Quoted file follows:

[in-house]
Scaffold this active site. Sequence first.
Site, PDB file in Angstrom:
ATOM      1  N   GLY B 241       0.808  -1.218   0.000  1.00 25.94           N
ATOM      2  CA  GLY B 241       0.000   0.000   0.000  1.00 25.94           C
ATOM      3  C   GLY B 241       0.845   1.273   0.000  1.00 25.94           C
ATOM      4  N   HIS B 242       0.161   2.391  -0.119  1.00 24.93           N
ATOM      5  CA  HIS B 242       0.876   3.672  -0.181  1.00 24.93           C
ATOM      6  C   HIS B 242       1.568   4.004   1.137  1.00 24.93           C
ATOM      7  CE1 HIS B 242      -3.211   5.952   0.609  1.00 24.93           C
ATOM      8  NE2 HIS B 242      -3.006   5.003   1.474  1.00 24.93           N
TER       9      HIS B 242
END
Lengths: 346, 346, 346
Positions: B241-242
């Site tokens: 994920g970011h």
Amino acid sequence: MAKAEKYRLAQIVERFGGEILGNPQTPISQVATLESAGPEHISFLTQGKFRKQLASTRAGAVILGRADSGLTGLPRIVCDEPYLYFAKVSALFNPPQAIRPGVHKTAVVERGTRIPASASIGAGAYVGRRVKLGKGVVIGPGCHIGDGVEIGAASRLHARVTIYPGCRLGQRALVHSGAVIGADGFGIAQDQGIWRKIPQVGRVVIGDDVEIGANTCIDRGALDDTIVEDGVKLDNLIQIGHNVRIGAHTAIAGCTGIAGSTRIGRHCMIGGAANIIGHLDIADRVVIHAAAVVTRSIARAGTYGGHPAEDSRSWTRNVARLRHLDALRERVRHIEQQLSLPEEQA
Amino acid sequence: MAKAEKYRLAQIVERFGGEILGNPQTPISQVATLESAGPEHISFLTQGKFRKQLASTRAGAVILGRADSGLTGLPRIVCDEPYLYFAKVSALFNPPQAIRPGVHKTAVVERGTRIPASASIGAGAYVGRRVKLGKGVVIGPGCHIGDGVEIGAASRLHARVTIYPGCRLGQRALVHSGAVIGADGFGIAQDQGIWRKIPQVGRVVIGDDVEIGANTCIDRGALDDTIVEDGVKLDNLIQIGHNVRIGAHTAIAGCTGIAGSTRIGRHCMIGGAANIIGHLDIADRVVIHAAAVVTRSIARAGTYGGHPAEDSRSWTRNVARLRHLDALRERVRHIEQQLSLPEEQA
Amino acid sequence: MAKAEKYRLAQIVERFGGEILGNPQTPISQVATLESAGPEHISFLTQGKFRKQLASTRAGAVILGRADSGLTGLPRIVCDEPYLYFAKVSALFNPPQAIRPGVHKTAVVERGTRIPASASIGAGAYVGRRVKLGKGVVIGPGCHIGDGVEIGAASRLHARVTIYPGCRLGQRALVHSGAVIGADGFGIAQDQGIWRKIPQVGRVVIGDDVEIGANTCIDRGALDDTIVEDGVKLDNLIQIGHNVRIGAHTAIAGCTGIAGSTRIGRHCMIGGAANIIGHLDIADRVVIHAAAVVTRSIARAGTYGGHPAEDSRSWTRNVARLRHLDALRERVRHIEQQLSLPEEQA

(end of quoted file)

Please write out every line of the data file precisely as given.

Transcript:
[in-house]
Scaffold this active site. Sequence first.
Site, PDB file in Angstrom:
ATOM      1  N   GLY B 241       0.808  -1.218   0.000  1.00 25.94           N
ATOM      2  CA  GLY B 241       0.000   0.000   0.000  1.00 25.94           C
ATOM      3  C   GLY B 241       0.845   1.273   0.000  1.00 25.94           C
ATOM      4  N   HIS B 242       0.161   2.391  -0.119  1.00 24.93           N
ATOM      5  CA  HIS B 242       0.876   3.672  -0.181  1.00 24.93           C
ATOM      6  C   HIS B 242       1.568   4.004   1.137  1.00 24.93           C
ATOM      7  CE1 HIS B 242      -3.211   5.952   0.609  1.00 24.93           C
ATOM      8  NE2 HIS B 242      -3.006   5.003   1.474  1.00 24.93           N
TER       9      HIS B 242
END
Lengths: 346, 346, 346
Positions: B241-242
């Site tokens: 994920g970011h």
Amino acid sequence: MAKAEKYRLAQIVERFGGEILGNPQTPISQVATLESAGPEHISFLTQGKFRKQLASTRAGAVILGRADSGLTGLPRIVCDEPYLYFAKVSALFNPPQAIRPGVHKTAVVERGTRIPASASIGAGAYVGRRVKLGKGVVIGPGCHIGDGVEIGAASRLHARVTIYPGCRLGQRALVHSGAVIGADGFGIAQDQGIWRKIPQVGRVVIGDDVEIGANTCIDRGALDDTIVEDGVKLDNLIQIGHNVRIGAHTAIAGCTGIAGSTRIGRHCMIGGAANIIGHLDIADRVVIHAAAVVTRSIARAGTYGGHPAEDSRSWTRNVARLRHLDALRERVRHIEQQLSLPEEQA
Amino acid sequence: MAKAEKYRLAQIVERFGGEILGNPQTPISQVATLESAGPEHISFLTQGKFRKQLASTRAGAVILGRADSGLTGLPRIVCDEPYLYFAKVSALFNPPQAIRPGVHKTAVVERGTRIPASASIGAGAYVGRRVKLGKGVVIGPGCHIGDGVEIGAASRLHARVTIYPGCRLGQRALVHSGAVIGADGFGIAQDQGIWRKIPQVGRVVIGDDVEIGANTCIDRGALDDTIVEDGVKLDNLIQIGHNVRIGAHTAIAGCTGIAGSTRIGRHCMIGGAANIIGHLDIADRVVIHAAAVVTRSIARAGTYGGHPAEDSRSWTRNVARLRHLDALRERVRHIEQQLSLPEEQA
Amino acid sequence: MAKAEKYRLAQIVERFGGEILGNPQTPISQVATLESAGPEHISFLTQGKFRKQLASTRAGAVILGRADSGLTGLPRIVCDEPYLYFAKVSALFNPPQAIRPGVHKTAVVERGTRIPASASIGAGAYVGRRVKLGKGVVIGPGCHIGDGVEIGAASRLHARVTIYPGCRLGQRALVHSGAVIGADGFGIAQDQGIWRKIPQVGRVVIGDDVEIGANTCIDRGALDDTIVEDGVKLDNLIQIGHNVRIGAHTAIAGCTGIAGSTRIGRHCMIGGAANIIGHLDIADRVVIHAAAVVTRSIARAGTYGGHPAEDSRSWTRNVARLRHLDALRERVRHIEQQLSLPEEQA